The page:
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SLS and Moon
More funding for NASA could enable the agency to increase the rate of Artemis missions to the Moon, with benefits for both NASA and the country. (credit: NASA/Ben Smegelsky)

Space and America’s future


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In about three years, NASA plans to land the first woman and first person of color on the Moon as part of its Artemis program. The agency is also exploring technologies that could eventually allow humans to travel to Mars, and beyond, in future missions.

These efforts are encouraging. But they could be too bold to accomplish, given NASA’s meager budget. Of the $6.6 trillion the federal government spent in 2020, just 0.3% went to NASA.

If our nation is to achieve its bold vision for exploring space, we must boost funding for NASA.

To its credit, the Biden administration did request $26 billion from Congress for NASA’s 2023 budget: an 8% increase from this year. Still, that’s below the current inflation rate. And Congress could reduce that request even further in the coming weeks.

If our nation is to achieve its bold vision for exploring space, we must boost funding for NASA.

NASA is already tapping into private-sector commercial space investments to leverage its resources, while building on the international partnerships from the International Space Station. Already, Canada, Japan, and the European Space Agency have committed to be part of NASA’s exploration program. But NASA’s international partners have much smaller budgets, and NASA remains the largest customer for space exploration companies.

In other words, NASA still drives the pace of human space exploration efforts.

Yet what the National Research Council said in 2014 remains true: “The only pathways that successfully land humans on the surface of Mars require spending to rise above inflation for an extended period.”

Ironically, while NASA copes with fewer resources than before, the United States has become much more prosperous in the decades since the first Moon landings. In fact, the size of the US economy has more than doubled in just the past 20 years.

Looked at historically, NASA funding peaked in 1964 at the equivalent of about $35 billion in today’s dollars. Since then, our economy has nearly quadrupled in size. But NASA has fallen by roughly one-third in inflation-adjusted dollars.

As a result, our nation has continually had to scale back its ambitions for space exploration. Consider that NASA’s current long-term plan only allows for one lunar landing a year following Artemis 4, and these missions will last less than two weeks.

That approach fails to capitalize on the benefits of space exploration. NASA missions don’t just advance our understanding of the cosmos. They spur technological progress, demonstrate global leadership, promote national unity, and raise environmental awareness.

A more ambitious plan for NASA could increase those dividends. For example, there aren’t nearly enough Americans today pursuing careers in science, technology, engineering, mathematics, or advanced manufacturing. People of color and women are disproportionately underrepresented in these fields. Committing our country to inclusive space exploration will help inspire a diverse new generation of Americans to pursue careers in STEM that lead to good middle-class jobs.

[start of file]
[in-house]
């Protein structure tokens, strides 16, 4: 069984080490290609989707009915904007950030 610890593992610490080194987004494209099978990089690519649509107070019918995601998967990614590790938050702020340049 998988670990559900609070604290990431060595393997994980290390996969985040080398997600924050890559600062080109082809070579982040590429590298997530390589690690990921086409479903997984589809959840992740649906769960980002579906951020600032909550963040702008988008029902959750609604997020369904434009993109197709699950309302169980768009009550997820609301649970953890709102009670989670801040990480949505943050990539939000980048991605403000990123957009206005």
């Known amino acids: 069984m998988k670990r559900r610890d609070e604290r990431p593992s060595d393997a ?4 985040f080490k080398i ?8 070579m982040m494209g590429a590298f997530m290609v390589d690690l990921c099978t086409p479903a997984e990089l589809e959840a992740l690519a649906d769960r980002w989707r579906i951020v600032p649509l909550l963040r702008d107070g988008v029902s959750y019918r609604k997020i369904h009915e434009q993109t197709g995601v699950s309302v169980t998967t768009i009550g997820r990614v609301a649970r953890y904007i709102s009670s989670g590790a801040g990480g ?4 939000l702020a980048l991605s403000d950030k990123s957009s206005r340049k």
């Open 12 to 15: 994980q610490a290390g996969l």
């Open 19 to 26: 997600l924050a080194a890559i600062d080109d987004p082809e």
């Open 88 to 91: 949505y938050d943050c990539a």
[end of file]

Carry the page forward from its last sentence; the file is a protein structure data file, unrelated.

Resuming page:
If NASA were funded to afford at least two lunar landing missions per year, it could more rapidly develop technologies for lunar surface exploration and much more.

In addition to inspiring America’s next generation, consider our biggest geopolitical rival, China. As shown by its Belt and Road Initiative and other efforts, China is clearly focused on promoting its autocratic system’s superiority to the world. These efforts include space, where China has greatly expanded its capabilities. With at least three robotic lunar landings planned for this decade, China aims to be the world’s biggest space power by 2045. China also plans to bring Mars samples back to Earth two full years before NASA.

For decades, the United States led the world in human space exploration. Abdicating that leadership role to China could put US national security at risk, as there’s considerable overlap between space and defense technologies as well as their industrial base and workforce.

If NASA were funded to afford at least two lunar landing missions per year, it could more rapidly develop technologies for lunar surface exploration, better understand the long-term effects of the Moon’s partial gravity on astronauts, increase the effectiveness of its workforce, and move us much closer to putting Americans on Mars.

That would no doubt inspire future generations—and assure America’s continued leadership in space exploration.

The 9/11 attacks, the Great Recession, COVID-19, and other challenges have sapped two generations of our nation’s youth of the optimism for the future that long defined America. For that reason alone, America needs a bolder plan for NASA and space exploration now more than ever. Our nation needs to once again feel that our reach can exceed our grasp. More investment in NASA is an achievable, bipartisan way to reach a more hopeful future.


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